Directory of Open Access Journals (Sweden)

    Robert D. Kunkle

    2010-01-01

    Full Text Available Microsatellites abound in most organisms and have proven useful for a range of genetic and genomic studies. Once primers have been created, they can be applied to populations or taxa that have diverged from the source taxon. We use PCR amplification, in a 96-well format, to determine the presence and absence of 46 microsatellite loci in 13 cichlid species. At least one primer set amplified a product in each species tested, and some products were present in nearly all species. These results are compared to the known phylogenetic relationships among cichlids. While we do not address intraspecies variation, our results present a phylogenetic index for the success of microsatellite PCR primer product amplification, thus providing information regarding a collection of primers that are applicable to wide range of species. Through the use of such a uniform primer panel, the potential impact for cross species would be increased.

  4. Peritonitis - spontaneous bacterial

    Science.gov (United States)

    Spontaneous bacterial peritonitis (SBP); Ascites - peritonitis; Cirrhosis - peritonitis ... who are on peritoneal dialysis for kidney failure. Peritonitis may have other causes . These include infection from ...

  5. Phylogenetics and Computational Biology of Multigene Families

    Science.gov (United States)

    Liò, Pietro; Brilli, Matteo; Fani, Renato

    This chapter introduces the study of the major evolutionary forces operating in large gene families. The reconstruction of duplication history and phylogenetic analysis provide an interpretative framework of the evolution of multigene families. We present here two case studies, the first coming from Eukaryotes (chemokine receptors) and the second from Prokaryotes (TIM barrel proteins), showing how functional and structural constraints have shaped gene duplication events.

  6. Phylogenetic estimation with partial likelihood tensors

    CERN Document Server

    Sumner, J G

    2008-01-01

    We present an alternative method for calculating likelihoods in molecular phylogenetics. Our method is based on partial likelihood tensors, which are generalizations of partial likelihood vectors, as used in Felsenstein's approach. Exploiting a lexicographic sorting and partial likelihood tensors, it is possible to obtain significant computational savings. We show this on a range of simulated data by enumerating all numerical calculations that are required by our method and the standard approach.

  7. MINER: software for phylogenetic motif identification

    OpenAIRE

    La, David; Livesay, Dennis R.

    2005-01-01

    MINER is web-based software for phylogenetic motif (PM) identification. PMs are sequence regions (fragments) that conserve the overall familial phylogeny. PMs have been shown to correspond to a wide variety of catalytic regions, substrate-binding sites and protein interfaces, making them ideal functional site predictions. The MINER output provides an intuitive interface for interactive PM sequence analysis and structural visualization. The web implementation of MINER is freely available at . ...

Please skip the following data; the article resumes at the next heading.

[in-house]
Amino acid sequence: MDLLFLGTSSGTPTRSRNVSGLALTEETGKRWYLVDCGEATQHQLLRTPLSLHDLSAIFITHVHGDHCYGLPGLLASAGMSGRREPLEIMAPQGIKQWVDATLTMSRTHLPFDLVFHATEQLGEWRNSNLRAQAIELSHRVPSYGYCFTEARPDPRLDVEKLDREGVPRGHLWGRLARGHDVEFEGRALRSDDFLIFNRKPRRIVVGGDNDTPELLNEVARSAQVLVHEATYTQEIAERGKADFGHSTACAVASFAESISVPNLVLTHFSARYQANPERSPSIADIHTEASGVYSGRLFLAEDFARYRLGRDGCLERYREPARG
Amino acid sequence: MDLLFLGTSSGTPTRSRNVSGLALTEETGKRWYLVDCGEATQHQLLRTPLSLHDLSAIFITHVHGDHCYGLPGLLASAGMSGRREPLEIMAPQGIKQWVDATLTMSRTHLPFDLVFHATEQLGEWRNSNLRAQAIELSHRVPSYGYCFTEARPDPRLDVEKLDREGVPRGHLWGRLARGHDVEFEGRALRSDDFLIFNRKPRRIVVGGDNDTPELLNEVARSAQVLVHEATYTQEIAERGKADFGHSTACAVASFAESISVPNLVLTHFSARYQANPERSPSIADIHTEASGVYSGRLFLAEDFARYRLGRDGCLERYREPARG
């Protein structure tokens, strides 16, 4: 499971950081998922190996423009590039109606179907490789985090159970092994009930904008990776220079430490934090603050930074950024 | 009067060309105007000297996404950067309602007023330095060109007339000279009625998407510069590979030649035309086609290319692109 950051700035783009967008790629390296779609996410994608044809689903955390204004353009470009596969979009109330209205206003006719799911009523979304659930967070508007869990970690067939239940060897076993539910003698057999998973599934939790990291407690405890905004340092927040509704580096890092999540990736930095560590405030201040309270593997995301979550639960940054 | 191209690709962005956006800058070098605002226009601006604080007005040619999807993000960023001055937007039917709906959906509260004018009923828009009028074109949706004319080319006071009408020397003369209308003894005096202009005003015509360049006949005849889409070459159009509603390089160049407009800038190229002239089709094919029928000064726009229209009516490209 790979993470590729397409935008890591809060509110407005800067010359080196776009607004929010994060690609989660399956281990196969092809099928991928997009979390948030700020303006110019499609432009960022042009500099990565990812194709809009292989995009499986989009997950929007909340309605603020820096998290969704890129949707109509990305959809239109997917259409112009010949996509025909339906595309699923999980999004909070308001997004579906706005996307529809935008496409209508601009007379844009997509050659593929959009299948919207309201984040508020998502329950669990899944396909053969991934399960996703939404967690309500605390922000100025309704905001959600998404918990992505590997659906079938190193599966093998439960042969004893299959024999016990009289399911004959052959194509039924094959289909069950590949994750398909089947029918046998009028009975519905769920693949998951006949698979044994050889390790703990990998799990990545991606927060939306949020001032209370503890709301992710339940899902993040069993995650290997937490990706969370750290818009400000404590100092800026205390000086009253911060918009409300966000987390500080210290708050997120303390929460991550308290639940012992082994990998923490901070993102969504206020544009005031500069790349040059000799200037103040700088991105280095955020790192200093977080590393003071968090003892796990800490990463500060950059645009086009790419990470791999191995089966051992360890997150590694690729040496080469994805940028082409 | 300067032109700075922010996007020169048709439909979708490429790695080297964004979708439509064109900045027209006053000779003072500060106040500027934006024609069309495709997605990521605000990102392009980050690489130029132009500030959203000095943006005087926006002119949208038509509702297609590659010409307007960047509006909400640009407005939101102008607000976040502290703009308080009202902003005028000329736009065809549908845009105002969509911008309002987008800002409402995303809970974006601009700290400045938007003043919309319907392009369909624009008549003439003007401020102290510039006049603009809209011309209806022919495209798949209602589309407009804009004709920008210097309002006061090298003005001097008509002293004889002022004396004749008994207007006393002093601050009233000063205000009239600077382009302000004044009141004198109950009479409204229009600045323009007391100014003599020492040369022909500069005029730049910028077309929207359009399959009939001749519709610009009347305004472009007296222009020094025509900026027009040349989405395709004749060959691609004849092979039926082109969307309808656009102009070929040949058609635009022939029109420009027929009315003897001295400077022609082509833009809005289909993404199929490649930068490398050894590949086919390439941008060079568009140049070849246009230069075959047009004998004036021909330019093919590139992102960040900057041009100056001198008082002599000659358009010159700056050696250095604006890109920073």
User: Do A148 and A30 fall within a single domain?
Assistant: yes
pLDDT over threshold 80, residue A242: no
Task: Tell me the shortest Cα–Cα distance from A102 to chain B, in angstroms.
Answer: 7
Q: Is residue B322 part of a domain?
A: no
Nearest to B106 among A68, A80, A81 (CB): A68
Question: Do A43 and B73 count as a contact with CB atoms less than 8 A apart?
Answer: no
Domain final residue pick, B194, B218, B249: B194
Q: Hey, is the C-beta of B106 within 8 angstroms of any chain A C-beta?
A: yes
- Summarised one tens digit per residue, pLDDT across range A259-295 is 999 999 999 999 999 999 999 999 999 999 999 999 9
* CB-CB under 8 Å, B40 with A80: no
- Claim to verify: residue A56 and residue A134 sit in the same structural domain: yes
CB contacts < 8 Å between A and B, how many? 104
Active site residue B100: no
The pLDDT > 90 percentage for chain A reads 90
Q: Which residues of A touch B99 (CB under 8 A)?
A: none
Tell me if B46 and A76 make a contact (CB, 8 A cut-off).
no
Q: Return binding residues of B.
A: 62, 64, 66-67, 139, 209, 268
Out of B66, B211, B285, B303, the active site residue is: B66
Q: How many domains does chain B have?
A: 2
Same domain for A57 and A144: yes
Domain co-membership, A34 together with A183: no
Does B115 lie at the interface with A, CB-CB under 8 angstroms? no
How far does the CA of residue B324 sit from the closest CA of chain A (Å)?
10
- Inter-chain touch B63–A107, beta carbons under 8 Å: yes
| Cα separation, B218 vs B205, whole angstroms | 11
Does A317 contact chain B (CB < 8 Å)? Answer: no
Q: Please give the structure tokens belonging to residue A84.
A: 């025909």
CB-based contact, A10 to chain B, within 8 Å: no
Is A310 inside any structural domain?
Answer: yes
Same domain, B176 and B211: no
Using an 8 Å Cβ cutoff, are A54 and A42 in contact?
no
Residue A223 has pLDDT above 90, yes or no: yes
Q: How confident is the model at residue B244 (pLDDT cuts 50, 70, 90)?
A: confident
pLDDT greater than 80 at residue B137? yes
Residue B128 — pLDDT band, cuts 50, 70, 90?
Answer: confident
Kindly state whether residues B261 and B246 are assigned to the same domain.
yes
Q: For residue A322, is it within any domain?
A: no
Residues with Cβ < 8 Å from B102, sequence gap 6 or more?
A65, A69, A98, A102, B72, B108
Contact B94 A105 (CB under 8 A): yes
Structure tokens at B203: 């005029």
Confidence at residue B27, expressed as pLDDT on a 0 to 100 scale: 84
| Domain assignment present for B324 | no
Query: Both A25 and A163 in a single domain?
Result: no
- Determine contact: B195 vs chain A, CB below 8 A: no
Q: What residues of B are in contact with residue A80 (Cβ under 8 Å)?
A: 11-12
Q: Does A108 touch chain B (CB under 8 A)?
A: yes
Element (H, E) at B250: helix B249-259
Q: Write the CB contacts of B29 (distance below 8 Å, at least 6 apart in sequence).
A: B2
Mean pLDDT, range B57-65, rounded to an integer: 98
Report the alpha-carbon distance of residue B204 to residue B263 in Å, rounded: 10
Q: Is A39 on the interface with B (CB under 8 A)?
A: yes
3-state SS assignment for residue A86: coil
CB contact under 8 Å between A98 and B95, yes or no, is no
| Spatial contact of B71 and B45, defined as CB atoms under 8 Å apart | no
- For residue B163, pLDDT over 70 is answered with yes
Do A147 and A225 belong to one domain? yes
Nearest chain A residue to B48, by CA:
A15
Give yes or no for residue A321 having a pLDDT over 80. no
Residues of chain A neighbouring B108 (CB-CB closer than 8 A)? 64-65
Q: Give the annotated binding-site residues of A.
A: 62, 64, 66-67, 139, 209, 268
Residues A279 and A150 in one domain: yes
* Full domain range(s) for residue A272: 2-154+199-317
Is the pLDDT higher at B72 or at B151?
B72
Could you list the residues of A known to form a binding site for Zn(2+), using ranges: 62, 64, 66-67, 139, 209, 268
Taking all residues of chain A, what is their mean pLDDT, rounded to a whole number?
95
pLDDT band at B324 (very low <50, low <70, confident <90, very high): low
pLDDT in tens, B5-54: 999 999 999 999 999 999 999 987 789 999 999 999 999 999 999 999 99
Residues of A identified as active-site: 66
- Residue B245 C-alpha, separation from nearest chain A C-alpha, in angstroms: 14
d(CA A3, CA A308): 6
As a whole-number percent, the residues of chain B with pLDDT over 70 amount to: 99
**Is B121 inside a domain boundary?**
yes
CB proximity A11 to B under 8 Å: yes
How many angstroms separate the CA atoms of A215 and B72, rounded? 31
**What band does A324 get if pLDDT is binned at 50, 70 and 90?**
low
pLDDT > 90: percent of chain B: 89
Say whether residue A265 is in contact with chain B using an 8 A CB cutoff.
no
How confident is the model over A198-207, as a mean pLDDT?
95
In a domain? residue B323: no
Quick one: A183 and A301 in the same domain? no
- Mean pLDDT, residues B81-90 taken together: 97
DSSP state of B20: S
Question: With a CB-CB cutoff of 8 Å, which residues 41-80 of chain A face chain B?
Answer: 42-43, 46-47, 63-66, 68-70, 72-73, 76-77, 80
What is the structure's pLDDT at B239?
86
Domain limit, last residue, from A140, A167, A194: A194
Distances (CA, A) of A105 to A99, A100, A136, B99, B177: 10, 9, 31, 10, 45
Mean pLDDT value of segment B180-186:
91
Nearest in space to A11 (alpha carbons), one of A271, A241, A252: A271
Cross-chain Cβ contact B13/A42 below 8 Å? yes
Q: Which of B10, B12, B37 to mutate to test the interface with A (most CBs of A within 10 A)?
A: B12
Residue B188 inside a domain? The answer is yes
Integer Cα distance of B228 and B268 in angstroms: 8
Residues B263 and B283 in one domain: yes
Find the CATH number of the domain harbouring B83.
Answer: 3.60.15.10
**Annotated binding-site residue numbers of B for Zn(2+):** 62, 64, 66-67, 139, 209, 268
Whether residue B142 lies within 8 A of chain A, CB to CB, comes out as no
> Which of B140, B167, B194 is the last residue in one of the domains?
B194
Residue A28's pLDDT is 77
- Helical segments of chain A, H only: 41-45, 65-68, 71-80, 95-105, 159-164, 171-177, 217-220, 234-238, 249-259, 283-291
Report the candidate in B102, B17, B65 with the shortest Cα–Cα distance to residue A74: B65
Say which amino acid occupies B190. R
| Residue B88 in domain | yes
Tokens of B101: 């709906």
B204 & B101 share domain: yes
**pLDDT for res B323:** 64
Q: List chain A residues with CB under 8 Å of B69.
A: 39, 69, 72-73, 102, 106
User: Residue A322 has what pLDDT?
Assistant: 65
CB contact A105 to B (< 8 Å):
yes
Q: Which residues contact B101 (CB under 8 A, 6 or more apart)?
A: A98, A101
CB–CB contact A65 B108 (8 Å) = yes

8. Bayesian phylogenetic estimation of fossil ages

    Science.gov (United States)

    Drummond, Alexei J.; Stadler, Tanja

    2016-01-01

    Recent advances have allowed for both morphological fossil evidence and molecular sequences to be integrated into a single combined inference of divergence dates under the rule of Bayesian probability. In particular, the fossilized birth–death tree prior and the Lewis-Mk model of discrete morphological evolution allow for the estimation of both divergence times and phylogenetic relationships between fossil and extant taxa. We exploit this statistical framework to investigate the internal consistency of these models by producing phylogenetic estimates of the age of each fossil in turn, within two rich and well-characterized datasets of fossil and extant species (penguins and canids). We find that the estimation accuracy of fossil ages is generally high with credible intervals seldom excluding the true age and median relative error in the two datasets of 5.7% and 13.2%, respectively. The median relative standard error (RSD) was 9.2% and 7.2%, respectively, suggesting good precision, although with some outliers. In fact, in the two datasets we analyse, the phylogenetic estimate of fossil age is on average less than 2 Myr from the mid-point age of the geological strata from which it was excavated. The high level of internal consistency found in our analyses suggests that the Bayesian statistical model employed is an adequate fit for both the geological and morphological data, and provides evidence from real data that the framework used can accurately model the evolution of discrete morphological traits coded from fossil and extant taxa. We anticipate that this approach will have diverse applications beyond divergence time dating, including dating fossils that are temporally unconstrained, testing of the ‘morphological clock', and for uncovering potential model misspecification and/or data errors when controversial phylogenetic hypotheses are obtained based on combined divergence dating analyses. This article is part of the themed issue ‘Dating species divergences